Native peoples lived in this area for hundreds of years, attracted by its ample fresh water, rich black soil, plentiful wildlife, and hardwood forests. When the U.S. government opened southeast Minnesota for settlement in 1851, the spot that would become Forestville attracted European American settler-colonists of all sorts looking to start a new life.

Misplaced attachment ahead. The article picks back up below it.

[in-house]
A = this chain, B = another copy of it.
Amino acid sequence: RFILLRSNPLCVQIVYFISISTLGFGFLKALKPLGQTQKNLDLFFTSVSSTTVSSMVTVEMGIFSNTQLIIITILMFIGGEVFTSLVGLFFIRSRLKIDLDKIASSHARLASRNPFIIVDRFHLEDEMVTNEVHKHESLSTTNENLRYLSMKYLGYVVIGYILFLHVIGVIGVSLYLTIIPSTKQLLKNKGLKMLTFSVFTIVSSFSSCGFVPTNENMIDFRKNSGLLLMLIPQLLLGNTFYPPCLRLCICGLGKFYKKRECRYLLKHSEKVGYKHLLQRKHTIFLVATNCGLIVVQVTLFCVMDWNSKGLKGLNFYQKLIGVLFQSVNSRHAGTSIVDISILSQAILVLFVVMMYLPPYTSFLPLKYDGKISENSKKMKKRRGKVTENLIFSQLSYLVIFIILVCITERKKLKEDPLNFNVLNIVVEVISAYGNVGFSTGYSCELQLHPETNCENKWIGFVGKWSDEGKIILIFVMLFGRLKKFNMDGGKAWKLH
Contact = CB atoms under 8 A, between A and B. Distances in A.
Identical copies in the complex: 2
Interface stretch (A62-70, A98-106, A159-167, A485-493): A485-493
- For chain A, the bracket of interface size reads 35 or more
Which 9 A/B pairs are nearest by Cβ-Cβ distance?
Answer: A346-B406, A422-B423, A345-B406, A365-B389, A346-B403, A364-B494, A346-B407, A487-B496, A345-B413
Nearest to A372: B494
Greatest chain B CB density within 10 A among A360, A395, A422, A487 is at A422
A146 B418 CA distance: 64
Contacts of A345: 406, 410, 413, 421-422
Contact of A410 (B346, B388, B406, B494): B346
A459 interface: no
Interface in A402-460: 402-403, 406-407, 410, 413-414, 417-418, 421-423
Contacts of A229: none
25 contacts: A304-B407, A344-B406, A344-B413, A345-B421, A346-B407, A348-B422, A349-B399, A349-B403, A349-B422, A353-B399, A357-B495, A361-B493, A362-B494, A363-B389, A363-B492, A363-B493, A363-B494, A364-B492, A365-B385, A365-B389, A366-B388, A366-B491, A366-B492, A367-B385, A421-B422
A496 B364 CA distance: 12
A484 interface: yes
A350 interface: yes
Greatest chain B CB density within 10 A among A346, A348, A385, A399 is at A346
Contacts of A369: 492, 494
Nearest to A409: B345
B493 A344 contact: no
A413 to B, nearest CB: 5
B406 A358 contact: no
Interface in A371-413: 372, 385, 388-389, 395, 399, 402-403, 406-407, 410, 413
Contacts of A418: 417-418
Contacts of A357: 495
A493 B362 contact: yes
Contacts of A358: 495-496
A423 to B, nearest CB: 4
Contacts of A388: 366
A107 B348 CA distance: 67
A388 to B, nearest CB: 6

Forestville’s first settler-colonists arrived in 1853 from New England, the Upper Midwest, and Canada, as well as from England, Ireland, Germany, and Holland. Wheat farms flourished nearby, and businesses sprang up in town. By 1860, the town had more than 150 residents and boasted 20 houses, a school, two sawmills, a gristmill, a blacksmith shop, a store, two hotels, a distillery, and a cabinetry shop. Farmers went to Forestville to market their wheat, purchase goods and services, and school their children.